Cumberland got a look at RCMP file numbers for the last years. File photo

Cumberland RCMP cases down slightly in past year

Insp. Mike Kurvers updates Village council on issues in community

  • May. 22, 2020 12:00 a.m.

Cumberland has seen a slight decrease in criminal activity based on the number of files.

This was one of the main points during a presentation to council earlier this month by Insp. Mike Kurvers of the Comox Valley RCMP. The head of the area detachment has been meeting with local governments.

For Cumberland, he was invited to the May 11 meeting to provide an overview from his community report.

“The Village file count actually went down,” he told council. “That’s a seven per cent decrease if you like statistics.”

The number of files from the community went from 792 to 739 last year.

Kurvers listed off the 10 most common file types in the community, which together accounted for almost half of the cases. The top categories were: traffic (71 files), suspicious activity calls (42) and mischief $5,000 or less (39).

“That’s damage to property typically when it’s under $5,000, like when it’s defacing property,” he said.

Following these were unspecified assistance calls (37), property loss such as lost wallets (34), causing a disturbance such as loitering, or yelling and screaming (29), theft from a motor vehicle under $5,000, typically for items like credit cards or loose change (29), breach of peace (27), bylaw noise complaints (26) and calls under the Mental Health Act (20).

“Those are the individuals that need our assistance one way or another,” Kurvers said.

These calls typically involve an initial assessment at the scene. In some cases, a person can be arrested and taken in for further assessment by a crisis nurse or to the hospital.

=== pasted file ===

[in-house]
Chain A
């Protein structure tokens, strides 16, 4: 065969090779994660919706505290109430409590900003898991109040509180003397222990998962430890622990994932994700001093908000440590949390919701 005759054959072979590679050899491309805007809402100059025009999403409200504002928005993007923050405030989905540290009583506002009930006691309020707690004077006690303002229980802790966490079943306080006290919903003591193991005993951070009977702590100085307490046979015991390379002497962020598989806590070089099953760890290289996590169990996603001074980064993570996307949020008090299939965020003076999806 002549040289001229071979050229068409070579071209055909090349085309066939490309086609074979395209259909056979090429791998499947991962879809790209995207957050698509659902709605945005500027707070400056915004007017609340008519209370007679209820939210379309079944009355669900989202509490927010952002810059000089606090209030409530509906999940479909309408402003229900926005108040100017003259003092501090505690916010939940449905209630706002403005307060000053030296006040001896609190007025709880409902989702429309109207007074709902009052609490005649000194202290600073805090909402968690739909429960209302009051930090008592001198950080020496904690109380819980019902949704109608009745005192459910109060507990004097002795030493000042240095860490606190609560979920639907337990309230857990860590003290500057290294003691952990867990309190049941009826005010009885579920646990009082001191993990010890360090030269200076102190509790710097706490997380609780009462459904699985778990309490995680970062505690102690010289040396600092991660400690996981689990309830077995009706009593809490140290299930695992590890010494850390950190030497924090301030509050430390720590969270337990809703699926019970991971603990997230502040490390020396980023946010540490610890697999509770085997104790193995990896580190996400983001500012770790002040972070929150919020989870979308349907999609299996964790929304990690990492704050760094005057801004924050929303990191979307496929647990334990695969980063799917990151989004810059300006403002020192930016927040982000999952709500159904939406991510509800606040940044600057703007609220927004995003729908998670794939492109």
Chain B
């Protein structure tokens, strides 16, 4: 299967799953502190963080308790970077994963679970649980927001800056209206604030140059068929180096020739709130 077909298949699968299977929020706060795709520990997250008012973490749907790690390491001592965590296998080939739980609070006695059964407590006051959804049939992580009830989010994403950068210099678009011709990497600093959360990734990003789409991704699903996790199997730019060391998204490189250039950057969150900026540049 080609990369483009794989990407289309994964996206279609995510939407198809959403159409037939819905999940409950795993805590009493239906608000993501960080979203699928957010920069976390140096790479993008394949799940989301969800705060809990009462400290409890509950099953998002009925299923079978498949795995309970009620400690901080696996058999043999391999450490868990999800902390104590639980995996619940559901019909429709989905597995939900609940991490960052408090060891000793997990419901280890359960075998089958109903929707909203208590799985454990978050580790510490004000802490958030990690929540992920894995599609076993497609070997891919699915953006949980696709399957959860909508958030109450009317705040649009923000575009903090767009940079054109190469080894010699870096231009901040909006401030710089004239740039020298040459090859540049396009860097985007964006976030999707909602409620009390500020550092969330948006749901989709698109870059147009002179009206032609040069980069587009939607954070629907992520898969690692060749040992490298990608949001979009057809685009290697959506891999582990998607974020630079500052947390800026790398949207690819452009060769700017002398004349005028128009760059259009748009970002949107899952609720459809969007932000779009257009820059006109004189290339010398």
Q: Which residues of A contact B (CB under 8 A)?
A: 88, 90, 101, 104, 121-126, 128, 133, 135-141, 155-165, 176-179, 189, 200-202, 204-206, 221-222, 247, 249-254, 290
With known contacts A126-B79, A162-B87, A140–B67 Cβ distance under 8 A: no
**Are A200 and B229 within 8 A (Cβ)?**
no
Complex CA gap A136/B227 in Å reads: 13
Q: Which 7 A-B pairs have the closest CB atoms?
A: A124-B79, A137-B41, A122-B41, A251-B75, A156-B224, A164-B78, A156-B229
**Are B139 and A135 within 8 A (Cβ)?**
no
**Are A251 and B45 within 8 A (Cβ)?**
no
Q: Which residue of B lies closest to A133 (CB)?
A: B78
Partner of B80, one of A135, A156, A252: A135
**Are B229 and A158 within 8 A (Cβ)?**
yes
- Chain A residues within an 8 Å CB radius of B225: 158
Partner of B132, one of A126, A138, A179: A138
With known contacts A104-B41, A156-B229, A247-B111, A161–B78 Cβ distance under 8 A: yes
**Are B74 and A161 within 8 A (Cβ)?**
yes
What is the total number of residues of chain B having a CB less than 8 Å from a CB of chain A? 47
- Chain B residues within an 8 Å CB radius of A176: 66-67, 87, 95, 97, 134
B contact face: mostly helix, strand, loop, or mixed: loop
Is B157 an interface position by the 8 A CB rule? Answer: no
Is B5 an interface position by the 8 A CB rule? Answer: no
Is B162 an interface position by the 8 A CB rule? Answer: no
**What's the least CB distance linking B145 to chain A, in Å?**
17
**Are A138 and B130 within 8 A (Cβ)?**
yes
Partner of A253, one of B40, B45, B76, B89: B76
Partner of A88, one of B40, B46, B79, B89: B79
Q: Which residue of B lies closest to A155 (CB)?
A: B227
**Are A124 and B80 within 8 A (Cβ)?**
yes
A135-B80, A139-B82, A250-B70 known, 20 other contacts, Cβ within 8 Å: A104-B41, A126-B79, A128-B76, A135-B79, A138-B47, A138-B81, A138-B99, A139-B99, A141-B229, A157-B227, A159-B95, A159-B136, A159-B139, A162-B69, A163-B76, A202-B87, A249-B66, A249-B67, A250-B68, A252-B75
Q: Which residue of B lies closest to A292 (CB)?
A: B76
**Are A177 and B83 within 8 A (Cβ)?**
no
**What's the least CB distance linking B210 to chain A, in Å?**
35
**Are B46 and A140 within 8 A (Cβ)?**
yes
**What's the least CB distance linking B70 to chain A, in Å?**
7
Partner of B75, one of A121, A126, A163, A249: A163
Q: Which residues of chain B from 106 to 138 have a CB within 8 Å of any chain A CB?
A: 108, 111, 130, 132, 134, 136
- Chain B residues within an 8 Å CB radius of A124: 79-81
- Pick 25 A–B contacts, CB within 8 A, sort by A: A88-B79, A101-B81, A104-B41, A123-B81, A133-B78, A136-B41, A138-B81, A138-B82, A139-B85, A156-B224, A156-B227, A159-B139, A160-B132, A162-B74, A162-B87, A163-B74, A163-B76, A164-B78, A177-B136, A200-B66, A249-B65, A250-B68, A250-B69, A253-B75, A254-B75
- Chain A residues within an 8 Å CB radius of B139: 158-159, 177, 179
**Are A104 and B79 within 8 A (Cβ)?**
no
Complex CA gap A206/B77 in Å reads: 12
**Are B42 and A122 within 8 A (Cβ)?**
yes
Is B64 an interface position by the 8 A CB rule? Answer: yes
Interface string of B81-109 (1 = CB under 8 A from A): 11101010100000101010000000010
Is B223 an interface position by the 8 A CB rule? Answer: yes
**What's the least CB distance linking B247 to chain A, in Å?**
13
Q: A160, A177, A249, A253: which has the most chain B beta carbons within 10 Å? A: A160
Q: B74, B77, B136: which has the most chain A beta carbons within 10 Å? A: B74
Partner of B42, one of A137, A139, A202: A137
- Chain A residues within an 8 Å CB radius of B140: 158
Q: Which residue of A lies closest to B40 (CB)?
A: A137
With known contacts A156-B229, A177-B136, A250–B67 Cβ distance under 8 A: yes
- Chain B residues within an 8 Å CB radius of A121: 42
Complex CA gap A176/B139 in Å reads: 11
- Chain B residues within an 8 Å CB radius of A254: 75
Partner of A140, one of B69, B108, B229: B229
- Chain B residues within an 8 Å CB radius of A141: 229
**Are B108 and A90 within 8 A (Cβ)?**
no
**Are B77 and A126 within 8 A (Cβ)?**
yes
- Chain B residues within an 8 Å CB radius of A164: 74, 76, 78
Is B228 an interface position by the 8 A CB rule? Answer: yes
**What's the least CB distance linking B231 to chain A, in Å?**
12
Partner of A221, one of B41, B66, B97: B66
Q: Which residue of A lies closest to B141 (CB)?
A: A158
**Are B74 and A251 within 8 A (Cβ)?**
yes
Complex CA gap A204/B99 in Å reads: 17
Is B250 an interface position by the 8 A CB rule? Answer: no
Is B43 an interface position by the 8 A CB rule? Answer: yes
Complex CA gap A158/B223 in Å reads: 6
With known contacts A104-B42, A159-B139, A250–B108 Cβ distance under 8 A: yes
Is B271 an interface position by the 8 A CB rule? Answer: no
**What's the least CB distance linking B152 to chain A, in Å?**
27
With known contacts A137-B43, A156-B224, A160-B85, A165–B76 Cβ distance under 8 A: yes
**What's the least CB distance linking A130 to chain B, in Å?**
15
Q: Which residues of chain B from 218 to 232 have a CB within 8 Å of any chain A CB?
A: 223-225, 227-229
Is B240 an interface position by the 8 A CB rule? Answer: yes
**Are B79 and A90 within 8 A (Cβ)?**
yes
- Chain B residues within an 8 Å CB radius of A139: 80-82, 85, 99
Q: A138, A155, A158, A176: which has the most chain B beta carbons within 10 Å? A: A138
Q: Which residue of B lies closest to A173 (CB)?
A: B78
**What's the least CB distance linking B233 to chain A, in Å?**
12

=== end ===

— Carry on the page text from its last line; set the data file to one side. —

As far as other offences, for break-and-enters, there were six residential, five business and seven other cases.

Five vehicles over $5,000 were taken, including two automobiles, two motorcycles and one truck. There were two files involving theft of motor vehicles under $5,000.

Kurvers provided maps showing the density and geographical breakdown of offences, such as break-ins.

“They’re kind of sporadic, all over the place,” he said. “There’s no real rhyme or reason where they are.”

The auto thefts were also spread through the community. Kurvers added that while there were few vehicles taken, thefts from vehicles remains a challenge throughout the Comox Valley,

“We’re trying to combat that as best we can,” he said.

RELATED STORY: Possibly stolen goods recovered by Comox Valley RCMP

Most categories were spread throughout Cumberland, though the occasional one such as mischief – for example, pulling down signs – was concentrated in a particular area, in this case, Dunsmuir Avenue.

Finally, Kurvers also outlined the top priorities for the RCMP in the Village, which include crime reduction, police and community relations, safety of water traffic, road safety and issues at parks and campgrounds. He noted the RCMP had just had their boat on the lake.

Members of council asked about a number of concerns, such as repeat offenders, unlicensed motor vehicles like motorcycles, illegal parking and community policing.

“My vision is just being on the street and dealing with the community and the public on a face-to-face basis,” Kurvers said. “That’s the mandate of our bike section.”

Last year, Kurvers was invited to a village hall meeting, and council again extended the invitation to another one.


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